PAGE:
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4Moda Corp., Third-Party Defendant v. 10 (2021)

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United States Court of Appeals, Federal Circuit.

CAP EXPORT, LLC, Plaintiff/Counterclaim Defendant-Appellee Abraham Amouyal, Third-Party Defendant-Appellee 4Moda Corp., Third-Party Defendant v. ZINUS, INC., Defendant/Counterclaimant/Third-Party Claimant-Appellant Does, 1 through 10, Inclusive, Defendants


Decided: May 05, 2021

Before Dyk, Bryson, and Hughes, Circuit Judges. David Beitchman, Beitchman & Zekian, PC, Encino, CA, argued for plaintiff/counterclaim defendant-appellee and third-party defendant-appellee. Also represented by Milord A. Keshishian, Milord & Associates, PC, Los Angeles, CA. Darien Wallace, Imperium Patent Works LLP, Pleasanton, CA, argued for defendant/third party plaintiff/counterclaimant-appellant. Also represented by T. Lester Wallace.

Zinus, Inc. (“Zinus”) appeals the decision of the United States District Court for the Central District of California setting aside a judgment and injunction pursuant to Federal Rule of Civil Procedure 60(b)(3). We affirm.


Zinus is the owner of U.S. Patent No. 8,931,123 (“the ’123 patent”), which is directed to “[a]n assemblable mattress support” that “can be shipped in a compact state with all of its components compactly packed into the headboard.” ’123 patent, col. 1 ll. 49–51. The relevant claims are independent claims 1–3, which each claim “[a] mattress support comprising” “a headboard with a compartment” and other parts, such as “a longitudinal bar” and “a footboard,” wherein the other parts “are contained” or “fit inside the compartment.” Id. col. 6 l. 21–col. 7 l. 3. Claim 2 additionally requires “headboard legs” that “are contained inside the compartment.” Id. col. 6 ll. 52–58. Claim 3 additionally requires that “the compartment is closed with a zipper.” Id. col. 7 ll. 2–3.

On January 15, 2016, appellee Cap Export, LLC (“Cap Export”) filed a declaratory judgment action against Zinus, alleging that claims of the ’123 patent were invalid and not infringed. Zinus counterclaimed, alleging infringement of claims of the ’123 patent and unfair business practices under California state law, and added Abraham Amouyal and 4Moda Corp. as third-party defendants. Appellee Abraham Amouyal is the chief executive officer of Cap Export. 4Moda, which currently appears to be dissolved, is alleged to have sold Cap Export's products in the United States.1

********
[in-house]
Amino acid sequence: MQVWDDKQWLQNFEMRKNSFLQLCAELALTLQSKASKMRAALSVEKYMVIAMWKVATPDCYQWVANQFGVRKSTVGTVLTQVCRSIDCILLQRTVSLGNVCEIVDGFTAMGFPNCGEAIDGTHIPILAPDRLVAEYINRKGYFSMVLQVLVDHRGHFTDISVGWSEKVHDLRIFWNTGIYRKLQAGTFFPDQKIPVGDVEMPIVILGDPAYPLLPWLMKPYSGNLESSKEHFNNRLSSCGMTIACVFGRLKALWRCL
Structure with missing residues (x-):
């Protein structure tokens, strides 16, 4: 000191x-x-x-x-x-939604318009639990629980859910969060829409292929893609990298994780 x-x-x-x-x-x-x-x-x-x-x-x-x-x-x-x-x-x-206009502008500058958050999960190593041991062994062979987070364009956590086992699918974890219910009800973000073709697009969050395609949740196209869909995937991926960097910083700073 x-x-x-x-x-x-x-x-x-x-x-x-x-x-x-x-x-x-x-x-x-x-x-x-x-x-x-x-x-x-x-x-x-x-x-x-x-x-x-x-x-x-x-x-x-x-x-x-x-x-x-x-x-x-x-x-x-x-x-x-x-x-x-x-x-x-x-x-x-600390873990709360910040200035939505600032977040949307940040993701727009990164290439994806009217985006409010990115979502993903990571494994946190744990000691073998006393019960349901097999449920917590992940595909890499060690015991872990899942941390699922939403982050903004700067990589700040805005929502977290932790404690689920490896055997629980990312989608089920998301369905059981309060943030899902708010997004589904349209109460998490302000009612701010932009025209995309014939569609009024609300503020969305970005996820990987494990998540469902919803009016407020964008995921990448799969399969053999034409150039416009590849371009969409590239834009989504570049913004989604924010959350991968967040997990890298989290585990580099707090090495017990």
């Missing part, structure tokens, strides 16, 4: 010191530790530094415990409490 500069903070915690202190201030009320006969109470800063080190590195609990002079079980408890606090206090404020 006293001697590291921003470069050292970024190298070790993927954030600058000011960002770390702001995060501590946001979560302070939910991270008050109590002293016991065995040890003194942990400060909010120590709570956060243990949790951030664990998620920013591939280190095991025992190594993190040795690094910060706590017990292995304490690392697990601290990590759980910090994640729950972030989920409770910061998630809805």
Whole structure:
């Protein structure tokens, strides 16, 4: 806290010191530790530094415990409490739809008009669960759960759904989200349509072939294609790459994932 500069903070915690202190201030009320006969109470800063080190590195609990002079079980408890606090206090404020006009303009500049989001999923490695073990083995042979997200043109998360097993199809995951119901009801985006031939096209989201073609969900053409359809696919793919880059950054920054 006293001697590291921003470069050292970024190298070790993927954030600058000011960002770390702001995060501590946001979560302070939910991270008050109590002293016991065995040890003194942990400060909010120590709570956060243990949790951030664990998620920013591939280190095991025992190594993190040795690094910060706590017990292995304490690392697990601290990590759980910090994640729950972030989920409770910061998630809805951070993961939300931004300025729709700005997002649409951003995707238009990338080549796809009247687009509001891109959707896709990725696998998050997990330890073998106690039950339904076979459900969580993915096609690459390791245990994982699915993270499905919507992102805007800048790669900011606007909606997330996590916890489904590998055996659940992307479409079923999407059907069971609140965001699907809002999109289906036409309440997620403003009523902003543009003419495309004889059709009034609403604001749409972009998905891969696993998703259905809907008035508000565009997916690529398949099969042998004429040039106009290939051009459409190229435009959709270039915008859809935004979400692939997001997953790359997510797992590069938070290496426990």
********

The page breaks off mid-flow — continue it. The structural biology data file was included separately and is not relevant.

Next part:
On May 16, 2016, Zinus filed a motion for partial summary judgment of no invalidity of claims 1 and 3 of the ’123 patent, relying on a declaration provided by Zinus's then-president and “testifying technical expert,” Colin Lawrie. J.A. 279.2 On August 29, 2016, the district court noted that Zinus had “present[ed] some testimony ․ that the patent was valid” in light of prior art raised by Cap Export, and the court allowed Cap Export sixty days to depose Lawrie and “present some contrary opinion” in the form of a surreply. Id. at 1312, 1317. Counsel for Cap Export deposed Lawrie on October 11, 2016, during which Lawrie denied knowledge of the existence of various prior art items.

On November 29, 2016, the district court sua sponte granted summary judgment that claims 1 and 3 of the ’123 patent were invalid as obvious over other prior art references that are not at issue in this appeal. Zinus appealed, and we vacated and remanded, in part because the district court had improperly granted summary judgment of invalidity sua sponte without proper notice to Zinus and had relied on a prior art reference (the “bed in a box” reference) when there was a factual dispute as to whether it predated the ’123 patent. Cap Exp., LLC v. Zinus, Inc., 722 F. App'x 1004, 1007–09 (Fed. Cir. 2018).

On September 11, 2018, Zinus filed another motion for partial summary judgment of no invalidity of claims 1, 2, and 3 of the ’123 patent. On January 24, 2019, the district court granted partial summary judgment that claims 1–3 of the ’123 patent were not invalid, in part because Cap Export had abandoned the “bed in a box” prior art reference that the district court had relied on in its previous determination of invalidity. In determining validity, “the Court analyzed relevant evidence of ‘prior art’ references identified by the parties and established that the ’123 patent was valid as a matter of law on that basis, because none of the ‘prior art’ references considered by the Court either anticipated or made obvious the patent claims embodied in the ’123 patent.” J.A. 2 (citation omitted). Based on the district court's ruling, Zinus, Cap Export, and Abraham Amouyal then stipulated to the entry of a final judgment in favor of Zinus for infringement, which included that claims 1–3 of the ’123 patent were not invalid, $1.1 million in damages to be paid by Cap Export and Amouyal, and a permanent injunction against Cap Export and Amouyal, which the district court entered on May 30, 2019.